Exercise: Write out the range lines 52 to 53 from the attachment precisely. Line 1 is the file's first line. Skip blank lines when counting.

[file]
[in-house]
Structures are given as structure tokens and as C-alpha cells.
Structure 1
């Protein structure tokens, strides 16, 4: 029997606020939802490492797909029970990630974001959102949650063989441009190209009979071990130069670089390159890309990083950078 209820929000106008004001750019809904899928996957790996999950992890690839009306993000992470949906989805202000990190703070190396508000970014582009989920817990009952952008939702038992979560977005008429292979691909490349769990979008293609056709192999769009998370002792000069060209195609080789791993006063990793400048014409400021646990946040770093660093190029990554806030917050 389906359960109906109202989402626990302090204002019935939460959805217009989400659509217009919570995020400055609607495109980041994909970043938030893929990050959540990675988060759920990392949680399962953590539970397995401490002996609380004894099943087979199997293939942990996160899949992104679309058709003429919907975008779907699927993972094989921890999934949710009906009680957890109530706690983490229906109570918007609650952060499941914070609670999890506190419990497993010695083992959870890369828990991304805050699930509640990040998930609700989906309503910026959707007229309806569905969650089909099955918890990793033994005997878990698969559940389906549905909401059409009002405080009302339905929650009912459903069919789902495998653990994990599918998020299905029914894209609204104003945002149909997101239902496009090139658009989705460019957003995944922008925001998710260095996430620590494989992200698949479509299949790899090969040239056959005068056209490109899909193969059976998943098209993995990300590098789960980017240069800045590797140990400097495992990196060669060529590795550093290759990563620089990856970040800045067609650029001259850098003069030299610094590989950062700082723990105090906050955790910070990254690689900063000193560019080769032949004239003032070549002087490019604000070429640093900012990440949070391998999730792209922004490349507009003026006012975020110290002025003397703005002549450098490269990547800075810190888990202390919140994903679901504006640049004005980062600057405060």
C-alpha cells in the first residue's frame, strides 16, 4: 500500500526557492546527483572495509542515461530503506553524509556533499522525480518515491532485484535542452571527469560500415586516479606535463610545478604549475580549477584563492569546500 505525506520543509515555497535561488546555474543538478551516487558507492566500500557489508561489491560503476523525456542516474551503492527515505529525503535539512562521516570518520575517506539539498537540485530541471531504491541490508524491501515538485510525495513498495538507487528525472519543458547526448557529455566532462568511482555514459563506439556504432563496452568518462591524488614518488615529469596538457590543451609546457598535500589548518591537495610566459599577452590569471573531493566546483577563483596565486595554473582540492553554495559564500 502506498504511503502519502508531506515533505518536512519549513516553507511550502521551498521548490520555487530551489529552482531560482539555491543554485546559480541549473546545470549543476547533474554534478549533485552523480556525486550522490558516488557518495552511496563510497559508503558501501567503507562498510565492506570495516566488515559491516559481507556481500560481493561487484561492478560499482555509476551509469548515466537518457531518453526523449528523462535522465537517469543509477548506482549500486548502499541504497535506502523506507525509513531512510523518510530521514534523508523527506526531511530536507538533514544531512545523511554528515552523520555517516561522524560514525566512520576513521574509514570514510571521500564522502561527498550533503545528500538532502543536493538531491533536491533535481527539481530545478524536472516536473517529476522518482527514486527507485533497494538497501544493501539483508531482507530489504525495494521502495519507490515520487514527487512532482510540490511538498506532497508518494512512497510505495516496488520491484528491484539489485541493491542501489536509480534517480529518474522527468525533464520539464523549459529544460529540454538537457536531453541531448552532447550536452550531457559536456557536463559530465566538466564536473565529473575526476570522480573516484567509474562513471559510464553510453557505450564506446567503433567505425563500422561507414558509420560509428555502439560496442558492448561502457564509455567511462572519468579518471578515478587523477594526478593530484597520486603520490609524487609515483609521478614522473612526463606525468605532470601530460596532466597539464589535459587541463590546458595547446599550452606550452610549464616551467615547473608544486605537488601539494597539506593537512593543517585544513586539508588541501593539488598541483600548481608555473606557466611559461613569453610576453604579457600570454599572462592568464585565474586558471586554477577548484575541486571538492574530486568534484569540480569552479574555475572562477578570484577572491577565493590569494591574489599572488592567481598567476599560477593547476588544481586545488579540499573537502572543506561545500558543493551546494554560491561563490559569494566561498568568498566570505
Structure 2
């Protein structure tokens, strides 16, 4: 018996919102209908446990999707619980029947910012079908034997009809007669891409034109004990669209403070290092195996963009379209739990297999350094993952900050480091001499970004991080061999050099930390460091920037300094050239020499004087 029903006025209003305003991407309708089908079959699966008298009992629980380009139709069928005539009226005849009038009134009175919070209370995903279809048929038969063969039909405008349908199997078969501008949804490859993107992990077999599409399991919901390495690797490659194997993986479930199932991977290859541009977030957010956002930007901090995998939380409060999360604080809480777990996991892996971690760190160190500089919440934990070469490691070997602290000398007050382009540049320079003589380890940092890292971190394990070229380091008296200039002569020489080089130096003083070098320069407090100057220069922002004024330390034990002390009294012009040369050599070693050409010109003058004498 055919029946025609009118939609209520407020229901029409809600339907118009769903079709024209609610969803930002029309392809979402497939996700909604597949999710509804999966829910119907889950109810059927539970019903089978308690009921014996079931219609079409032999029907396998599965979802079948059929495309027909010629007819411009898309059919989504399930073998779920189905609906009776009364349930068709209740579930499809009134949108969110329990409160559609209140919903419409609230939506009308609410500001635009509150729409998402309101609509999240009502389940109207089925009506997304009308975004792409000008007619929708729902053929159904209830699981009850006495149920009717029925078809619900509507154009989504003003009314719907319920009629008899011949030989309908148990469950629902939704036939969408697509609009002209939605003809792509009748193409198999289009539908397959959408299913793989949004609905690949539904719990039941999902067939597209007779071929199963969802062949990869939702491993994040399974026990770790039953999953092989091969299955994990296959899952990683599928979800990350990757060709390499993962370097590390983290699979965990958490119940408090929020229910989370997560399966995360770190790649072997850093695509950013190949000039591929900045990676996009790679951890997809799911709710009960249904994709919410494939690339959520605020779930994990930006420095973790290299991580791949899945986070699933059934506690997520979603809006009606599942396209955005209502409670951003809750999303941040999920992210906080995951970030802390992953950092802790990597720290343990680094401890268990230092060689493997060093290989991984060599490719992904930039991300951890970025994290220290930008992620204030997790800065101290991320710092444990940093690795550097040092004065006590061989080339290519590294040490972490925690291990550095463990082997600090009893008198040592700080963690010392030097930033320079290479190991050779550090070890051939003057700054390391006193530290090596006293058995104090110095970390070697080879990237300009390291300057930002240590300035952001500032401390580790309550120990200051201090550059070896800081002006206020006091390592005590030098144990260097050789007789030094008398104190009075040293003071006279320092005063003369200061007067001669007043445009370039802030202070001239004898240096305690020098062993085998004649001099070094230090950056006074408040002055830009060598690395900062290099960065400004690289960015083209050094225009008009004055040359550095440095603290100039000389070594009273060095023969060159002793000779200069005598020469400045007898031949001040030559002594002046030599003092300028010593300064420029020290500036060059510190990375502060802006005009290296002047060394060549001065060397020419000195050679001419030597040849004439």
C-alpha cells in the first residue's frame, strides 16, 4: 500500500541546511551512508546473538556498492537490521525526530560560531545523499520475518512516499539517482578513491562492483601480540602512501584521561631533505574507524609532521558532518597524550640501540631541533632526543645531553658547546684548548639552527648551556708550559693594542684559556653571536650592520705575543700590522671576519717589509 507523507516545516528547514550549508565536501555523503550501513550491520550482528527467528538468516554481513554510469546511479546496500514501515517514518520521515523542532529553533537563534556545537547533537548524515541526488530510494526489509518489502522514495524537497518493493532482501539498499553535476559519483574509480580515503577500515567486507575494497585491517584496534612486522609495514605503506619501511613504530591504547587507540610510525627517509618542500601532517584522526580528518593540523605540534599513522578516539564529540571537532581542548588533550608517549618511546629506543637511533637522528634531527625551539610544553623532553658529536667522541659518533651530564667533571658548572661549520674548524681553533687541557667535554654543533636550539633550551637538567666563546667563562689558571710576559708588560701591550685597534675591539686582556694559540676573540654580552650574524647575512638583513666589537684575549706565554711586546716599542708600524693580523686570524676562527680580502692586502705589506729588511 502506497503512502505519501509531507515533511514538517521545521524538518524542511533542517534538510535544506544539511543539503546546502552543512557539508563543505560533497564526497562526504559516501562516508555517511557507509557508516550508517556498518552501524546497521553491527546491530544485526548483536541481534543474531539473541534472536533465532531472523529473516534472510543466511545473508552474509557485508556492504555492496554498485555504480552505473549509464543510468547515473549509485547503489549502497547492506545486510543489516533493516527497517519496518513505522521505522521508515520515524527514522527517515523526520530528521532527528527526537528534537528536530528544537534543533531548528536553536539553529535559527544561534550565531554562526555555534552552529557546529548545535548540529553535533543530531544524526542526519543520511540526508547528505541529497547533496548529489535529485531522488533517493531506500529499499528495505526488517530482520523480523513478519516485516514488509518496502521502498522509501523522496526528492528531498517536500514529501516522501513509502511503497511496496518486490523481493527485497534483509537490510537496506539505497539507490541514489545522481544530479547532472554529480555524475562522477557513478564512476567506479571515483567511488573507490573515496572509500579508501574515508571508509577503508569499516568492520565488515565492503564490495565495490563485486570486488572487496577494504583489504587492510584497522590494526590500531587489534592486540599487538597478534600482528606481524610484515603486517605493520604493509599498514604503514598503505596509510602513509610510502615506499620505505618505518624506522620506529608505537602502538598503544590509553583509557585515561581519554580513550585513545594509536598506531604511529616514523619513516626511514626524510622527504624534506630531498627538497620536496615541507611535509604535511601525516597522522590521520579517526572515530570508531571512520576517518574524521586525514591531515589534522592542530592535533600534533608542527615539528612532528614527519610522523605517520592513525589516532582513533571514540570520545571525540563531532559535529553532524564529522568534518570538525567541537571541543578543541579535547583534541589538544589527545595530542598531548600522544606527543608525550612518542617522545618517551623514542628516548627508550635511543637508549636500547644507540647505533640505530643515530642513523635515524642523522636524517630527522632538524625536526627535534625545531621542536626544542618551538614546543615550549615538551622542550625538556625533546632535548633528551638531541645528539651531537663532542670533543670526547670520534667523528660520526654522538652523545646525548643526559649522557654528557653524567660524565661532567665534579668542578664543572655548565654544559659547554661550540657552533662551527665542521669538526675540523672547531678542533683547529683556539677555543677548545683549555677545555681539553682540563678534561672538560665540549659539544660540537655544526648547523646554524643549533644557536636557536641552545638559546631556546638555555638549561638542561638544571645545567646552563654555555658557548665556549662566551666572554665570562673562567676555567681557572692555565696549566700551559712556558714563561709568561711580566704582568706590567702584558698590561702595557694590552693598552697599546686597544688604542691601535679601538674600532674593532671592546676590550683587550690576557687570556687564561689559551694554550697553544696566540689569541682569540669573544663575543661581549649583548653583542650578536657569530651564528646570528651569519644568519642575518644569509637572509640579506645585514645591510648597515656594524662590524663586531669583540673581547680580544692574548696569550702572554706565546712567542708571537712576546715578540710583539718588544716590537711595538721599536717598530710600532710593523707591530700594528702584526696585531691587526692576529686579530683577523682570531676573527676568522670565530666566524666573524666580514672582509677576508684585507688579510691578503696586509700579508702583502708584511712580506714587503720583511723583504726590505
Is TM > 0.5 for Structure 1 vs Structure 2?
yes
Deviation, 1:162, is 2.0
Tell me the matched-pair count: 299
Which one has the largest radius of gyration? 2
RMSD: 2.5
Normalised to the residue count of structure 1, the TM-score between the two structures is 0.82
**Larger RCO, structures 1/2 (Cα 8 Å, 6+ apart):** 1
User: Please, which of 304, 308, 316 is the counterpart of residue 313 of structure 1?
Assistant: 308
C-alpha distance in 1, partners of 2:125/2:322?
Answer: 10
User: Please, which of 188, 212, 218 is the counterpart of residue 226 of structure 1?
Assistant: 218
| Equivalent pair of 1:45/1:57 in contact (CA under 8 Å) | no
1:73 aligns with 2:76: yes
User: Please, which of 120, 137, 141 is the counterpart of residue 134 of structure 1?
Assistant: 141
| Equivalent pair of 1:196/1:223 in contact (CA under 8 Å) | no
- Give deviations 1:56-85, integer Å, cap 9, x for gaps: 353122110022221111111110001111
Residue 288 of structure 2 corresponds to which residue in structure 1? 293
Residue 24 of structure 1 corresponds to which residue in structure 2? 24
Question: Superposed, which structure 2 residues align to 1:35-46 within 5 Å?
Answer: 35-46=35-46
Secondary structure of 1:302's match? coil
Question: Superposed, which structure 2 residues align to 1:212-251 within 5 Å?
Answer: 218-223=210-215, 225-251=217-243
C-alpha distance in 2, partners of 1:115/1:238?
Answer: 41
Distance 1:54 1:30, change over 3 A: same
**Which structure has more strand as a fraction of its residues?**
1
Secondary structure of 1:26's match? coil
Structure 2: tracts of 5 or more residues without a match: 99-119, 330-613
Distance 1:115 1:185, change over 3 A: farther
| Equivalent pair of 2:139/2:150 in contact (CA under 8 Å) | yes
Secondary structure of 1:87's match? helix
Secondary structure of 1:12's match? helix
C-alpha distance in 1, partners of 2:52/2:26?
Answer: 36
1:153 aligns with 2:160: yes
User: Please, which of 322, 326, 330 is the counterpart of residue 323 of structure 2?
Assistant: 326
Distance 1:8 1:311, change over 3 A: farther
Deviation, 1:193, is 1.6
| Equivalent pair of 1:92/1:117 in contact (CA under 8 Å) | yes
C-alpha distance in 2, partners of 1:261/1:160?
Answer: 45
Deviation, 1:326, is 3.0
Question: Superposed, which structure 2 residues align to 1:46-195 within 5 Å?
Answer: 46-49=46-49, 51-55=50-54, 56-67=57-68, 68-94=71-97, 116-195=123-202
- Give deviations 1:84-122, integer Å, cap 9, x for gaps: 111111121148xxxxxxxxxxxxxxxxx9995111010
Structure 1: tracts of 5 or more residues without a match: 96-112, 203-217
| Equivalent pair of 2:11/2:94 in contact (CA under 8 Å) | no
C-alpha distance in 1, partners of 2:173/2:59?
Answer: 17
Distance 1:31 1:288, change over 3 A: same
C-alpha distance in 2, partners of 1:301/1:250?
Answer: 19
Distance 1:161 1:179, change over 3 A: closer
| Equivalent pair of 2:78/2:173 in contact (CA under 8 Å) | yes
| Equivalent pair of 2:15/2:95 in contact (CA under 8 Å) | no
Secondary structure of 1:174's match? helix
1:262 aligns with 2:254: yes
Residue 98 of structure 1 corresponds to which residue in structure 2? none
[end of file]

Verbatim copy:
Distance 1:8 1:311, change over 3 A: farther
Deviation, 1:193, is 1.6